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Tiffany Daniels: One of Thousands Tragically Missing in the U.S.

This week brought attention to one tragically missing young girl who is, of course, just an example of the estimated 2,185 young Americans reported each day. Her disappearance is a harrowing tale of a sudden, and unexpected disappearance — an experience thousands of families unfortunately must face every day.

Tiffany Daniels, age 25, was recently reported missing after her car was found abandoned on Tuesday near Fort Pickens, nine days after she failed to return home to her residence in Pensacola. Police confirmed that a Toyota 4Runner that belonged to Daniels was recently identified, but police have yet to find her.

Daniels's sister Angela explained that her disappearance occurred without any warnings. "She has a heart the size of Texas and even bigger spirit," she explained, saying, "She is an amazing person, and we just want to find her and bring her home." Daniels had been working in the theater department at Pensacola State College. After Daniels was  declared missing, friends and family began posting her information and photo on Facebook.

As is so often the case, family members have said that it would be entirely out of character for Daniels to disappear for an extended period of time without notifying others. She is described as a white female, five feet, seven inches tall, with a slender build, blonde hair, and blue eyes. While she enjoys nature, family and friends insist she would not have wandered off intentionally. The Pensacola Police Department is responsible for the case, with the Escambia County Sheriff's Office is assisting.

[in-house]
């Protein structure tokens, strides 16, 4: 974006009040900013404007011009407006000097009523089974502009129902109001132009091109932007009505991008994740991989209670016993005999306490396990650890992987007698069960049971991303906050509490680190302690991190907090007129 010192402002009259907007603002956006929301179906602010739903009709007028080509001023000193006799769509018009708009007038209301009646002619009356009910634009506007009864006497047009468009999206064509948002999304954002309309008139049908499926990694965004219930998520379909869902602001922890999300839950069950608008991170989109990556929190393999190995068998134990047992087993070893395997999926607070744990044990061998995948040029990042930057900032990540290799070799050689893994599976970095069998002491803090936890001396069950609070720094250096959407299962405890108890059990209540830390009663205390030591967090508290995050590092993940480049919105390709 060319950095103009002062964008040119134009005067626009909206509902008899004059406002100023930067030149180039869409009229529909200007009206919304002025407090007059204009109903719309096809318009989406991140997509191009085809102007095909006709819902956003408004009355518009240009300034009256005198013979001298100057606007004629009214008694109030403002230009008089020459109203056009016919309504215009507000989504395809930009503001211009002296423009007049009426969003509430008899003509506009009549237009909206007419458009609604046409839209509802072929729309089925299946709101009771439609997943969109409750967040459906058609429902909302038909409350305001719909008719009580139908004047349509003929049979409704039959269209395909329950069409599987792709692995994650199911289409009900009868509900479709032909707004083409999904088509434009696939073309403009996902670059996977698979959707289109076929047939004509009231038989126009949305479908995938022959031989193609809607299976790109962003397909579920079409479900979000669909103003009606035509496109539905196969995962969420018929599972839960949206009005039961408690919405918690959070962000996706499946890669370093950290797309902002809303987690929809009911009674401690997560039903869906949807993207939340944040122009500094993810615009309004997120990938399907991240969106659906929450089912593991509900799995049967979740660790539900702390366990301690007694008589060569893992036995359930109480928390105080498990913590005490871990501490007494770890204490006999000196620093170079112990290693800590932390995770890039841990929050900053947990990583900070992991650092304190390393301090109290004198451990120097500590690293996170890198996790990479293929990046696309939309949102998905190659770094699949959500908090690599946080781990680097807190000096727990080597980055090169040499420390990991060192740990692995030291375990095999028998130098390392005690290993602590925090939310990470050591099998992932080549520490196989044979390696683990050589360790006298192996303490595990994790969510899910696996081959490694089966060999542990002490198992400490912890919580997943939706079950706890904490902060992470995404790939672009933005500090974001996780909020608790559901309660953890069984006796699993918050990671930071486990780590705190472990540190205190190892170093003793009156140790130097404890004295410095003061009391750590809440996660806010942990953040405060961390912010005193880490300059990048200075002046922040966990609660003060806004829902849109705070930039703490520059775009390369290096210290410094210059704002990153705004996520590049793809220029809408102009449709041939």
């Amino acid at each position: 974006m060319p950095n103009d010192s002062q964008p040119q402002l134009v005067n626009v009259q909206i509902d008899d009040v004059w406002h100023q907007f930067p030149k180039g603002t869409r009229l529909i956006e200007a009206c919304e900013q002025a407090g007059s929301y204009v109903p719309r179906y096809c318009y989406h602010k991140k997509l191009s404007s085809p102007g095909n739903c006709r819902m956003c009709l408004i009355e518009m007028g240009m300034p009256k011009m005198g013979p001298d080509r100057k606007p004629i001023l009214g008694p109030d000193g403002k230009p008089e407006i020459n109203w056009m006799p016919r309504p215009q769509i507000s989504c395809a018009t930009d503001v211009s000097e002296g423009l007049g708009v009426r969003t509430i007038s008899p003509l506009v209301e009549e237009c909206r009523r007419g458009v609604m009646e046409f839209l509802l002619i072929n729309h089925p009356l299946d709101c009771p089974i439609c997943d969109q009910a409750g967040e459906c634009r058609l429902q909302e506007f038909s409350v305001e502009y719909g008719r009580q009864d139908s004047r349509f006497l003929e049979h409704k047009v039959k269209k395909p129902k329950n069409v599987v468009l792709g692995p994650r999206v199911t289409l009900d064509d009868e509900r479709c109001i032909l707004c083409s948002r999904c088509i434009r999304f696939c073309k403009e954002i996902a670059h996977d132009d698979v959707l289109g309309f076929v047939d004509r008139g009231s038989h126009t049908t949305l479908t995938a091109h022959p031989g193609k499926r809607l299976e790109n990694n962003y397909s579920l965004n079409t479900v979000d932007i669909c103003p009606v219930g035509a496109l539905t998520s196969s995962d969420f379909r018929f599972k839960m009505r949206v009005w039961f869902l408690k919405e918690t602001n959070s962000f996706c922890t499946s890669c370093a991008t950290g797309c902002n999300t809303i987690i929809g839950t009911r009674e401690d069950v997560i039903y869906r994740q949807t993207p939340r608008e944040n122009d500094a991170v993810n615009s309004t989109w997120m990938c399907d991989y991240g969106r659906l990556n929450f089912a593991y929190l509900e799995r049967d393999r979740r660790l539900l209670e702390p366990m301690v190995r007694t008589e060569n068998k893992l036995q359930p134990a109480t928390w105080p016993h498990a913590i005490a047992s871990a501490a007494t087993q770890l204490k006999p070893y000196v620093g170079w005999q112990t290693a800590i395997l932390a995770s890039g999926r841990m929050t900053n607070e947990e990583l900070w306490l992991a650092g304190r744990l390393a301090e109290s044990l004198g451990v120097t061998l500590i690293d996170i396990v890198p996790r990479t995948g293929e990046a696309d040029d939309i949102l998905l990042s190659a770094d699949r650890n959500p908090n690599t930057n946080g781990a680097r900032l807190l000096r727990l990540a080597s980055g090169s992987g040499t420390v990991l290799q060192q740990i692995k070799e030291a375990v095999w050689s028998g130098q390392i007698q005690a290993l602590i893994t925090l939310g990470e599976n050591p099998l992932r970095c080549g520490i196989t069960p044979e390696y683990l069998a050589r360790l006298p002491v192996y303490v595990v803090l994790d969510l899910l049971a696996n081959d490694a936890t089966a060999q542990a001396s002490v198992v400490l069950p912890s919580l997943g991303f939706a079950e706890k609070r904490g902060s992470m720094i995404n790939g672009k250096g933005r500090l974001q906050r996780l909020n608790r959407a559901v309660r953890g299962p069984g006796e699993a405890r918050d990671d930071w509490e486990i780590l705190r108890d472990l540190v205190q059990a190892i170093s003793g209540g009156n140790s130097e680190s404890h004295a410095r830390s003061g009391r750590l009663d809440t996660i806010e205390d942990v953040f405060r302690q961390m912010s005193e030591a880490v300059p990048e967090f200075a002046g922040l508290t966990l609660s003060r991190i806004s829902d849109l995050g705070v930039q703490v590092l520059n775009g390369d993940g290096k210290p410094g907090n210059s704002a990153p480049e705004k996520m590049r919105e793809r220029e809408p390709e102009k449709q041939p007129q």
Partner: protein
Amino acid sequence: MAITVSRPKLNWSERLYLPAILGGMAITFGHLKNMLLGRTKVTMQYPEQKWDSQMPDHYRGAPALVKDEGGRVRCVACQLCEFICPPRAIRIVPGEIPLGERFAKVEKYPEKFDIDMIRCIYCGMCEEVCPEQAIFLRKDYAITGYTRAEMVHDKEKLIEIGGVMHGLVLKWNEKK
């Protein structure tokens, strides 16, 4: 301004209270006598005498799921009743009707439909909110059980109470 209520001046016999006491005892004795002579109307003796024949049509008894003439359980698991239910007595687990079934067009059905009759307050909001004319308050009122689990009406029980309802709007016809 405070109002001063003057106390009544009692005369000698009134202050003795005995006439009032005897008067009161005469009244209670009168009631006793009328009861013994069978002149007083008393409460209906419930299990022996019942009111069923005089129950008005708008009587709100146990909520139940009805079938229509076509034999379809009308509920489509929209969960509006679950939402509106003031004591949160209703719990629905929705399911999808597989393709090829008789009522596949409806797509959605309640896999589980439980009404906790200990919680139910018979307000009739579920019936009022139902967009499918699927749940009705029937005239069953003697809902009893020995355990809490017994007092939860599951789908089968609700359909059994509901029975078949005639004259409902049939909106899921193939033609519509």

Unfortunately her tale that is not uncommon. While Daniels' tragic story has gained some media traction this week,  a number of cases have raged on beyond the spotlight. The Black and Missing Foundation, for example, has worked to broadcast the stories of some of the under-addressed cases of African-American children, who tend to gain less media attention. The foundation works to bring awareness to missing persons of color, including Hispanic children. They also provide important resources and tools to mission person's families to help educate the minority community on safety. Spotlights on many of these cases are available here, on the foundation's site.

According to Department of Justice statistics, more than 797,500 children were reported missing last year. 203,900 of these are victims of family abductions, whereas around 58,000 are victims of non-family abductions. Females aged 11-17 are most likely to be victimized. Daniels's story should help highlight an issue that is rampant in the country. The National Center for Missing and Exploited Children has been working to drive these numbers down by, for example, recently publishing a special guide to summer safety, and has established a hot-line for tips on missing persons cases (1-800-THELOST).

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